â€˜The Rule of the Manyâ€™, The Bulletin, 15 November 1890.
Democracy, feudalism, inequality, natural law, merit, poem, privilege, wealth, workers rights
This poem provides a vigorous denunciation of â€œthe English caste systemâ€ and â€œcelebrates the decay of feudalism,â€ at least in the Australian rural locale (Louise D'Arcens, Old Songs in the Timeless Land: Medievalism in Australian Literature 1840-1910, Turnhout: Brepols, 2011, p. 143). It praises â€œmuscle and brainâ€ (merit) while condemning the undeserving ruling classes, who it refers to as â€œPampered idlersâ€. The point of the exercise is demonstrated in the lines: â€œKing, prince and lord are a useless load and must by that law abide! / No Parliament can alter that fact, / Or the march of mankind stay.â€ The law that this section of the poem acknowledges is simply the law of Nature, for no law of man can usurp natural law. Underpinning everything else is the firm belief that the â€˜fruits of the earthâ€™ (its wealth and resources) are made not just for a select and powerful minority, but for everyone equally. The inescapable conclusion of the poem is that with the removal of the medieval â€˜baggageâ€™ of the past, i.e. feudalism, nostalgia, overlordship and the monarchy, the earth will return to an extended period of serenity and harmony under the sure-handed guidance of â€œthe Peopleâ€.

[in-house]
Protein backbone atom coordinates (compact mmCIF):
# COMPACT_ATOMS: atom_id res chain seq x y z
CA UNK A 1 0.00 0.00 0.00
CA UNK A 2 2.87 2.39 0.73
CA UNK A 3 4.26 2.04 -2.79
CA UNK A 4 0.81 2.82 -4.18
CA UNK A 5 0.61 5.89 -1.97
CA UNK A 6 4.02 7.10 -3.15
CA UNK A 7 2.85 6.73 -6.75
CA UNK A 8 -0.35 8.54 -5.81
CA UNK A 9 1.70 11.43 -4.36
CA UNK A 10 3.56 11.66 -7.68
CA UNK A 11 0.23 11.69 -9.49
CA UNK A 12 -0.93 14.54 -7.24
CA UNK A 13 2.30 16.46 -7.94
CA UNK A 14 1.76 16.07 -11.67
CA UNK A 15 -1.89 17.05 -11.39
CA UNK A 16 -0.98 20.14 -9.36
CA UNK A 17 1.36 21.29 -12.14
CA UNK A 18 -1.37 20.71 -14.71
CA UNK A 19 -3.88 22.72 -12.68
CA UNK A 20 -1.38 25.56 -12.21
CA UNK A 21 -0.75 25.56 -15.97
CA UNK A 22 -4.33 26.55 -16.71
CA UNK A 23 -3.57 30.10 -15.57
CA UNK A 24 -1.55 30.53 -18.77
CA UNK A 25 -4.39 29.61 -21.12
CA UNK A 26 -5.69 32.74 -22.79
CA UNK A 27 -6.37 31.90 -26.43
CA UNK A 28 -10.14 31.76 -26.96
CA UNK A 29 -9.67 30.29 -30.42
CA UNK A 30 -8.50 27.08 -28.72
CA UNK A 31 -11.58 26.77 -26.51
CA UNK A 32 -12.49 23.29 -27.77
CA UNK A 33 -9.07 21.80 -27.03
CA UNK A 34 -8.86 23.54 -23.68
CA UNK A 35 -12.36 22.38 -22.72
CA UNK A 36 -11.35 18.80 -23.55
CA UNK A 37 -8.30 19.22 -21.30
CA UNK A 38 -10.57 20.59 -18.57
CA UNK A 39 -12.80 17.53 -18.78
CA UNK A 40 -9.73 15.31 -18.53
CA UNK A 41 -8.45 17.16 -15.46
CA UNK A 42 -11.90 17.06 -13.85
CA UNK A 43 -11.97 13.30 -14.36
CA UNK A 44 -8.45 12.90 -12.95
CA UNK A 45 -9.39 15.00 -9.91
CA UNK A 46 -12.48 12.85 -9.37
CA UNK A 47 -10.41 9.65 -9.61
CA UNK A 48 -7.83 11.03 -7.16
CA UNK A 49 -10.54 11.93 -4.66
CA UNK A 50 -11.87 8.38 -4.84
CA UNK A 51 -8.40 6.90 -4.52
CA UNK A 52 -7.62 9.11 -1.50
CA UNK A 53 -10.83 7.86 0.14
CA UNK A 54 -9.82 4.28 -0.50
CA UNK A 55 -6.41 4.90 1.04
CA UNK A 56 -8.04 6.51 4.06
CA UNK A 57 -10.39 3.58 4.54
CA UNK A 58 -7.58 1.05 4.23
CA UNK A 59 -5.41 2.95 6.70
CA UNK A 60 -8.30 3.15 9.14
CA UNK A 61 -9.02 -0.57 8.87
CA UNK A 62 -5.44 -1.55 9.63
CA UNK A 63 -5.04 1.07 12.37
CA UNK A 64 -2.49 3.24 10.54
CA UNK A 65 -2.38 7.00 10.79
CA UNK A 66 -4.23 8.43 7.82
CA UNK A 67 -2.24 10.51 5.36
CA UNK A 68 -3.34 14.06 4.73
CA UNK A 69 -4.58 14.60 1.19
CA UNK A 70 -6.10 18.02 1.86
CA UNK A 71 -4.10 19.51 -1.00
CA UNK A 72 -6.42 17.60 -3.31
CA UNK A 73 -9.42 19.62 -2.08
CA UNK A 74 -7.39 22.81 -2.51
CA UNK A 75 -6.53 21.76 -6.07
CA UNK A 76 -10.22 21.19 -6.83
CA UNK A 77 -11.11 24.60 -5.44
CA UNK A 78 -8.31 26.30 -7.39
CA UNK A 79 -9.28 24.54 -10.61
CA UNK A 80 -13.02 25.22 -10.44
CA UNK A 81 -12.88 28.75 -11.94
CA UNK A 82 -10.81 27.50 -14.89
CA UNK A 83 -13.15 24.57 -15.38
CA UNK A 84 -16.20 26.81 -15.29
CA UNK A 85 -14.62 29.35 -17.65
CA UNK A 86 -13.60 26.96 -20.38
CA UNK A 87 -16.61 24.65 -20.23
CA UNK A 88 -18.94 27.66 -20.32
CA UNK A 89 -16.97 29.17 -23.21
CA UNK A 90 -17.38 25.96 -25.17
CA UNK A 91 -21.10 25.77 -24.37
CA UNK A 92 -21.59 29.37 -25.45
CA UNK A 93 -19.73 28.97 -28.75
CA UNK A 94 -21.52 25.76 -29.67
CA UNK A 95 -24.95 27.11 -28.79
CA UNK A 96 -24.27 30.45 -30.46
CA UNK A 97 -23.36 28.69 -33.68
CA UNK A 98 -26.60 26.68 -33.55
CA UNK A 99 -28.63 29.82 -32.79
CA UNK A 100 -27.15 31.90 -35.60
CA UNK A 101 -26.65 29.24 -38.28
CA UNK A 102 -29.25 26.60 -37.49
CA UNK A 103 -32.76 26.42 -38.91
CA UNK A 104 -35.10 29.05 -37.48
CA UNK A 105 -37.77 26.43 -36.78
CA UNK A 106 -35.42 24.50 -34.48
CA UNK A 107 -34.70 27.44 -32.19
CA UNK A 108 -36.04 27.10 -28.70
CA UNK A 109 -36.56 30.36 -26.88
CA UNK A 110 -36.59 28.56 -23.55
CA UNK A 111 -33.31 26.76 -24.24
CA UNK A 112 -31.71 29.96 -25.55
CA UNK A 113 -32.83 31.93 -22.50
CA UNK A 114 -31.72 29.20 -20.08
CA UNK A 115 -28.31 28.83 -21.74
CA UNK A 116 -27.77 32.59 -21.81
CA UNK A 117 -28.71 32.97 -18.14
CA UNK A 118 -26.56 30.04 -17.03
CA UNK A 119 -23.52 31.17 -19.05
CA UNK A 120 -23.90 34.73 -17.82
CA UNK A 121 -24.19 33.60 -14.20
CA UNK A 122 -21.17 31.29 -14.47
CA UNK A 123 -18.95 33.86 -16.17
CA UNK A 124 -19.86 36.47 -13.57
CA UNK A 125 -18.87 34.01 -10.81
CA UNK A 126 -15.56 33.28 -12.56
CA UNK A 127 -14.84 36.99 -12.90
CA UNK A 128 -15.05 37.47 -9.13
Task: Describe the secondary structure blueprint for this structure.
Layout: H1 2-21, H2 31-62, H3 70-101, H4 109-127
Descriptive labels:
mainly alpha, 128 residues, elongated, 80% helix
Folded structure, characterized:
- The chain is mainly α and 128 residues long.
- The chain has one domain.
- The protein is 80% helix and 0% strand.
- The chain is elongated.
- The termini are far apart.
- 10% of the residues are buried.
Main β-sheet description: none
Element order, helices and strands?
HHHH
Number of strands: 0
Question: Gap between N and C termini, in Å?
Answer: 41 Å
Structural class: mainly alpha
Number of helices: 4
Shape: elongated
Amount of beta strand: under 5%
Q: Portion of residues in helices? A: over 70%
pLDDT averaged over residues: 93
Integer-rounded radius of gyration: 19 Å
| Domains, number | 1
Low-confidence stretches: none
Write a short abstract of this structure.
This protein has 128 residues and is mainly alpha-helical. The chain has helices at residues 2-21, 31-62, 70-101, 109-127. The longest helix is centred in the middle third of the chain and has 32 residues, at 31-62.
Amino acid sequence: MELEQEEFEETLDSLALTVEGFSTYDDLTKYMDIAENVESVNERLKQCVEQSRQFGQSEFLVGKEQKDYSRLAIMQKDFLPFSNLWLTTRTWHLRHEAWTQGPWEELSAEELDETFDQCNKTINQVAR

A. X. C. (Unknown)
15 November 1890 (p. 17)
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